The amplitude of the K-dV solitons slightly decreases with the increase in the nonthermal parameter \(\beta \) (Fig. 4), and the amplitude remains constant with the increase in the spectral index parameter \(\kappa \) (Fig. 3).

(IV) :

At the critical of the spectral index parameter, i.e., at \(\kappa =\kappa _c\), the breakdown of the ROPM occurs due to the infinitely large-amplitude solitary waves corresponding to \(A\rightarrow 0\).

(V) :

No K-dV solitons are available near and at the critical value of the spectral index parameter (\(\kappa =\kappa _c\)).

(VI) :

Modified K-dV (mK-dV) solitons exist near the critical value of the spectral index parameter (\(\kappa =\kappa _c\)).

(VII) :

The amplitude of the modified K-dV solitons remains nearly constant with the increase in the spectral index parameter \(\kappa \) (Fig. 5) and the nonthermal parameter \(\beta \) (Fig. 6).

(VIII) :

Both negative and positive amplitude Gardner solitons exist at the critical value of the spectral index parameter (\(\kappa =\kappa _c\)).

(IX) :

No breakdown of ROPM occurs for higher-order nonlinear Gardner equation corresponding to \(A\rightarrow 0\) and Gardmer solitons exist for the current model of dusty plasmas.

(X) :

The amplitude of negative and positive amplitude DASWs remains constant with the increase in the spectral index parameter \(\kappa \) (Figs. 7 and 8).

We have carefully noted that both positive and negative polarity K-dV, mK-dV and Gardner solitary waves or solitons exist for this multitemperature dusty plasma model. The fundamental properties of the dust-acoustic solitary waves such as amplitude, width and polarity are seen to be strongly modified by the presence of the two temperature ions (Maxwellian and nonthermal ions), two temperature electrons (nonextensive and superthermal electrons) and negatively charged mobile dust. It can be inferred that the results of this investigation should be useful for treating the nonlinear features of localized electrostatic disturbances in both astrophysical plasma systems such as the edges of the AKR (auroral kilometric radiation) source regions [37], the noctilucent cloud region in the Earth’s atmosphere [38], the solar neutrino deficit problems, the self-gravitating polytropic systems, the peculiar velocity distribution of galaxy clusters, Saturn’s rings, cometary environments and the laboratory plasma systems such as the radio frequency discharge plasma [39], hot turbulent thermonuclear plasma [40], dissipative optical lattices [4], thermoluminescence dosimetry and the dating of archeological and geological minerals [3]. We, therefore, propose to perform a laboratory experiment which would be able to identify such special features of DASWs found in our present investigation.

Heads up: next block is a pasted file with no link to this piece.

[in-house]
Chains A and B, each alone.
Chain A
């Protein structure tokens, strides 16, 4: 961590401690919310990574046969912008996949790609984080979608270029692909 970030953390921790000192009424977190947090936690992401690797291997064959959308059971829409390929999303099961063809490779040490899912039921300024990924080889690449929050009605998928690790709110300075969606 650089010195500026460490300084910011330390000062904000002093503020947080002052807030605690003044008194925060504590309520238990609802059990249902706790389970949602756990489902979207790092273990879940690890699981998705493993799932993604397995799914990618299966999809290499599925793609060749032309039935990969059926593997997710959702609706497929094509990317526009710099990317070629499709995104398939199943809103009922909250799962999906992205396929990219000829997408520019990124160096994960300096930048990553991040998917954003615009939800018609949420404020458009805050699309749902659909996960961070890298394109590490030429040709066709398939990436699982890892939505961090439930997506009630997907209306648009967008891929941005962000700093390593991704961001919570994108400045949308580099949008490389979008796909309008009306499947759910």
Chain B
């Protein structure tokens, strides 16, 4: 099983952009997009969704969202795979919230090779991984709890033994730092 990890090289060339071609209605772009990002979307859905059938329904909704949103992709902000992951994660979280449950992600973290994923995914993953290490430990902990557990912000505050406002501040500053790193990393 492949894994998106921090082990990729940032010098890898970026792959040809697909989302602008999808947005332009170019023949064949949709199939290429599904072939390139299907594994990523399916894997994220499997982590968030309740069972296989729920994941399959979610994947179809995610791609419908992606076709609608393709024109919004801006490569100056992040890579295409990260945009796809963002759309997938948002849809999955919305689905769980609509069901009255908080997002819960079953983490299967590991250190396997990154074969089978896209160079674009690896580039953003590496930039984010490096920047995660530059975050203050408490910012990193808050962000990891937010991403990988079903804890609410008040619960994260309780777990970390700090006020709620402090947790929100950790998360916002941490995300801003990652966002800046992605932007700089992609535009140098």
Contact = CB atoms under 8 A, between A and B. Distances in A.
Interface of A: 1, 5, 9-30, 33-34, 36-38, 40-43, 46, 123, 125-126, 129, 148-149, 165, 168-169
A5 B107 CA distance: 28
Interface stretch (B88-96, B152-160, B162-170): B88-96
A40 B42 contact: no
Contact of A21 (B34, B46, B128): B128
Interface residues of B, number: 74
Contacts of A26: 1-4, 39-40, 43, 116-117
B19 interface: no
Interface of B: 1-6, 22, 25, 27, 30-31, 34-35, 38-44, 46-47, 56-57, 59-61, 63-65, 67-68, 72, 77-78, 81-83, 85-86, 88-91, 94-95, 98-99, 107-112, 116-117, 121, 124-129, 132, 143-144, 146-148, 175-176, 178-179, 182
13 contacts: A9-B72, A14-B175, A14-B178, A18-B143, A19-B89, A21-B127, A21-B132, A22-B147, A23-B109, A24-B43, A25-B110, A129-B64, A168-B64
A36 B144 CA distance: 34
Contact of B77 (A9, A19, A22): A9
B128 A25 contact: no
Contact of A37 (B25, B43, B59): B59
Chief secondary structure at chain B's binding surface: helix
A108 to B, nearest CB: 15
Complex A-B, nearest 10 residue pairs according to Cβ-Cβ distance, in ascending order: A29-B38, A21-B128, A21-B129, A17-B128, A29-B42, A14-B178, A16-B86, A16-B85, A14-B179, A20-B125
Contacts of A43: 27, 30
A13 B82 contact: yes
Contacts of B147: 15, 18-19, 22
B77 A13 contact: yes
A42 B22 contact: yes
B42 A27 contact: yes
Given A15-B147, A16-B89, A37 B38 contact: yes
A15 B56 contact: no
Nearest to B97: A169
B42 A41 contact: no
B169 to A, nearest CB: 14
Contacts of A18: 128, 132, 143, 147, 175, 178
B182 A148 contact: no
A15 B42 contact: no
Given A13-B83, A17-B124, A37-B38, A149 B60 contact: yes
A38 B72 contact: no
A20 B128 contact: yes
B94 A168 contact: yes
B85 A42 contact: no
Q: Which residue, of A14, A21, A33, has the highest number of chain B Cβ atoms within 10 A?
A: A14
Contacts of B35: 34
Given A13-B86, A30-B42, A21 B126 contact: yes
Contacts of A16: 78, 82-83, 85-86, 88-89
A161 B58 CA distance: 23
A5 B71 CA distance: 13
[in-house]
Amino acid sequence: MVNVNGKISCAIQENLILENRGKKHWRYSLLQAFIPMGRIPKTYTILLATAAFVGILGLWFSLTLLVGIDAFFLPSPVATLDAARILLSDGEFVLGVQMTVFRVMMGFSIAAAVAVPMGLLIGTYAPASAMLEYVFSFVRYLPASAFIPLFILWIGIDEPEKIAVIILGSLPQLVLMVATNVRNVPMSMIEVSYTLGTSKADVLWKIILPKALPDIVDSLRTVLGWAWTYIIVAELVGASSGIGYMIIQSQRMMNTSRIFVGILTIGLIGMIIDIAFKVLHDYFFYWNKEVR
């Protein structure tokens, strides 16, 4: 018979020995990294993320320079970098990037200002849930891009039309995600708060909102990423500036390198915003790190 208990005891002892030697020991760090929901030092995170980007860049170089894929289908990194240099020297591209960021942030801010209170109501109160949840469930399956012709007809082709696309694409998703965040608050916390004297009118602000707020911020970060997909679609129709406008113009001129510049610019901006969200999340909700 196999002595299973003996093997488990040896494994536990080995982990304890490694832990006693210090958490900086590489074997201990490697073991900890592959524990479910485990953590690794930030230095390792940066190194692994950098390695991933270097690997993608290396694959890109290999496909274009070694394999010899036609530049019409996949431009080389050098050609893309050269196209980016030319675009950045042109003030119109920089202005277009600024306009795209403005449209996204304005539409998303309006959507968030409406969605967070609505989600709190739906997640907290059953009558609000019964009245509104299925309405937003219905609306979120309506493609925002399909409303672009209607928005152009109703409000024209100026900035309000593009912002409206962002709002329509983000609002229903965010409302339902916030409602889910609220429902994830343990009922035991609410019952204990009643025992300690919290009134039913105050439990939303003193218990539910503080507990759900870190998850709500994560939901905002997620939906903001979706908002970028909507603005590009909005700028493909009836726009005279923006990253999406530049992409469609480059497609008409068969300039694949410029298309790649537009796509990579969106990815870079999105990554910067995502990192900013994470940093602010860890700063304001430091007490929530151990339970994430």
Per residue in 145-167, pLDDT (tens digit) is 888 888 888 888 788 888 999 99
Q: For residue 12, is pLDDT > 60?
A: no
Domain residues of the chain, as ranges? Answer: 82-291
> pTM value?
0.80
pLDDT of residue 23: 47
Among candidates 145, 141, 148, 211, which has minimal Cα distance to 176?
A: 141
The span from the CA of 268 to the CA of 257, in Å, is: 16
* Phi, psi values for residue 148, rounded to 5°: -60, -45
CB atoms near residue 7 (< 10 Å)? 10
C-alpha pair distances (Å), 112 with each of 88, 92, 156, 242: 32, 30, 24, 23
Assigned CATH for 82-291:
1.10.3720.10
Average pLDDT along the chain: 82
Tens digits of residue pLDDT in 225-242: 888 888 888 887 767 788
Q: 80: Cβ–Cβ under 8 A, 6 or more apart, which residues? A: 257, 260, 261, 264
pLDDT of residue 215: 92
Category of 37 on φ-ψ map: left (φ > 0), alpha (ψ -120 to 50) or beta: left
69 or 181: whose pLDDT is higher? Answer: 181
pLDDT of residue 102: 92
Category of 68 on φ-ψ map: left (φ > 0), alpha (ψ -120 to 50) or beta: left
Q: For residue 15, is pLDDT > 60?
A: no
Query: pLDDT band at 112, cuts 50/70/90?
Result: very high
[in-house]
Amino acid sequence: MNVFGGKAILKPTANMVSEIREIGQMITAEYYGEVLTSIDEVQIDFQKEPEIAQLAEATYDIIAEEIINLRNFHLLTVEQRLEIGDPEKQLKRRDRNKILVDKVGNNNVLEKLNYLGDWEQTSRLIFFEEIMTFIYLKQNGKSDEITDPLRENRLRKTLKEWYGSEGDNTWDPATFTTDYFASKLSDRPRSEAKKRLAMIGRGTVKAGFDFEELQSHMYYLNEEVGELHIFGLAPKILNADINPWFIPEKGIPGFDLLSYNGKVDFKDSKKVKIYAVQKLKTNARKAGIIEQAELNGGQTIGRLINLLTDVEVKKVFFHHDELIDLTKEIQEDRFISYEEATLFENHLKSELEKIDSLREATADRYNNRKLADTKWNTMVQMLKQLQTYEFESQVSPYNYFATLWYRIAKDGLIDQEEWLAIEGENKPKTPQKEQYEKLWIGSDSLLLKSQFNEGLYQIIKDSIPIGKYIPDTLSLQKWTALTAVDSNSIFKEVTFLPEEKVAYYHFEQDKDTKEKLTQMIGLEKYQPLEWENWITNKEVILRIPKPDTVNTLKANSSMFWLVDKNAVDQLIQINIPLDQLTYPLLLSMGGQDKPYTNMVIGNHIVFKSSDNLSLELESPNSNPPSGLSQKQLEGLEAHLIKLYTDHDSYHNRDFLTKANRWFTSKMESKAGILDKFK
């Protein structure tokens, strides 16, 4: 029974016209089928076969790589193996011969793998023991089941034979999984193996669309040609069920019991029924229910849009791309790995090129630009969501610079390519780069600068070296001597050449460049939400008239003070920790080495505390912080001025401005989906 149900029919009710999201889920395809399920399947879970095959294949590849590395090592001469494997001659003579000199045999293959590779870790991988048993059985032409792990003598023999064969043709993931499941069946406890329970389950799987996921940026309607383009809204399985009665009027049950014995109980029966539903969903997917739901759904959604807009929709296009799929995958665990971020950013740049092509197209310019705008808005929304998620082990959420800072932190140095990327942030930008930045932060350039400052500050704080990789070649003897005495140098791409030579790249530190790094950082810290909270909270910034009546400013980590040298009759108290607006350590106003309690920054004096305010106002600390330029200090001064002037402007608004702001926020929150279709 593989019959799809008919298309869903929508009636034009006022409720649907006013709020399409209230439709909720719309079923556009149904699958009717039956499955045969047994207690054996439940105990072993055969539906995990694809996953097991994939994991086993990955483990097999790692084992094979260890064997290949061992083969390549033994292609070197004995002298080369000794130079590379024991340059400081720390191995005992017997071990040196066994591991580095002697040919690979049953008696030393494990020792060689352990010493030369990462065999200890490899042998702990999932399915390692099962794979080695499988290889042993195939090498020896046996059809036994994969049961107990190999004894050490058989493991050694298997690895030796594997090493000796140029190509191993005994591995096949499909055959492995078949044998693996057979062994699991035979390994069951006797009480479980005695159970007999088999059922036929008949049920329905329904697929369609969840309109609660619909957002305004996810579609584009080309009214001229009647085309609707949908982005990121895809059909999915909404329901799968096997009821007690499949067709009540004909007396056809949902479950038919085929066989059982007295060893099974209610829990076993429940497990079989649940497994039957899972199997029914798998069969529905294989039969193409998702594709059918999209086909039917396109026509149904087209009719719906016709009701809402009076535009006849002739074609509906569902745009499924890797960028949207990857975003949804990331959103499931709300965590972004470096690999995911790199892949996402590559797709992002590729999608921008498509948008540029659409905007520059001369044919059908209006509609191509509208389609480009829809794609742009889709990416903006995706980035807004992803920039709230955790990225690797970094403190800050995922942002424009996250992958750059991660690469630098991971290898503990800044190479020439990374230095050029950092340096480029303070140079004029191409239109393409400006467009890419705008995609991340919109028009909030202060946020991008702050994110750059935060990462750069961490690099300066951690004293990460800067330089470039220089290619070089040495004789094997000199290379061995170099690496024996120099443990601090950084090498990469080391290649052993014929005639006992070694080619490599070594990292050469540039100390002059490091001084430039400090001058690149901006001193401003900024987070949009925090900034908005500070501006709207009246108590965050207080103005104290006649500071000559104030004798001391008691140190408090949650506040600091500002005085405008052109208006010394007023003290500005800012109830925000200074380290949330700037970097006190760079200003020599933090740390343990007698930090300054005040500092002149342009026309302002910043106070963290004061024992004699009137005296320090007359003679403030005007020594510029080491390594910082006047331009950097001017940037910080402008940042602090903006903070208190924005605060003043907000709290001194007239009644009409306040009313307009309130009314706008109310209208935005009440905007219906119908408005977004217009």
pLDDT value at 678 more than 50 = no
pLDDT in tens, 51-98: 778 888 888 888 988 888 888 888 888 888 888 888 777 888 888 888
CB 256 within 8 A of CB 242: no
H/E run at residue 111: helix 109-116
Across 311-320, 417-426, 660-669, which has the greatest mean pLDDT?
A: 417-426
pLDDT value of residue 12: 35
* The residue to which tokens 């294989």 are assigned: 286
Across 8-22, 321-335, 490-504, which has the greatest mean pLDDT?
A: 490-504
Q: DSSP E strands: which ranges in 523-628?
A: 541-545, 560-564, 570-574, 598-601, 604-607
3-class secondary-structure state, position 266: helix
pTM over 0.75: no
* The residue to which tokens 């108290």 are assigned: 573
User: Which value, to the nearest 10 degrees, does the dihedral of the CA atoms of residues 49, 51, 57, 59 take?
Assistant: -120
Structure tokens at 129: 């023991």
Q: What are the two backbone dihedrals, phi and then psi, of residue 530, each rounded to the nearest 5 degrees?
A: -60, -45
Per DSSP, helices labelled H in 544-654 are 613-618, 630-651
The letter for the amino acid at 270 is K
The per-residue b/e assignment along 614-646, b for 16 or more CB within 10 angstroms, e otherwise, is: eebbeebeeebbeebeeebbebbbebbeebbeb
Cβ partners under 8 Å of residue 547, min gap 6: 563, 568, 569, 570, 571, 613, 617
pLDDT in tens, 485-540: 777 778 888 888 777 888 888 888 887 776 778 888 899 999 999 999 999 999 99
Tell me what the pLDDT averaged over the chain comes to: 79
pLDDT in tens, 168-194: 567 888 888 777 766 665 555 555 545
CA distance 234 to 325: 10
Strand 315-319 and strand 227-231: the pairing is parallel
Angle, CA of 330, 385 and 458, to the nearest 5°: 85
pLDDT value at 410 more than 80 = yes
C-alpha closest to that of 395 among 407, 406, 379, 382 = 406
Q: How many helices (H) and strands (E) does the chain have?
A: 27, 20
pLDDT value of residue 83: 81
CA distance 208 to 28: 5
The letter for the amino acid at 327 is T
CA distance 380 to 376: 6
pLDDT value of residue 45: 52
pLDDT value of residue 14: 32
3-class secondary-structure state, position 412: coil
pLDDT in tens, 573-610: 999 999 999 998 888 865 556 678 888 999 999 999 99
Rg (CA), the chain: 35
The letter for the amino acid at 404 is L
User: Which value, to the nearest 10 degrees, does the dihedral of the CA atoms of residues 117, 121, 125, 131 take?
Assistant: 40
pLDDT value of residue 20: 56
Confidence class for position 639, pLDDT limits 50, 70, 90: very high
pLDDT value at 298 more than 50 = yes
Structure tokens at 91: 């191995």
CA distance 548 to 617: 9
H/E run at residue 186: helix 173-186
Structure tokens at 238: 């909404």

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Acknowledgements

M. Emamuddin thankfully acknowledges the financial support of the authorities of the Ministry of Science and Technology, Bangladesh, and the Ministry of Education, Bangladesh, for granting deputation.

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Emamuddin, M., Mamun, A.A. Formation of highly nonlinear dust-acoustic solitary waves due to high-temperature electrons and ions. J Theor Appl Phys 13, 203–212 (2019). https://doi.org/10.1007/s40094-019-0335-2

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Keywords

  • Superthermal
  • Nonlinear
  • Nonthermal
  • Nonextensive
  • DA solitary waves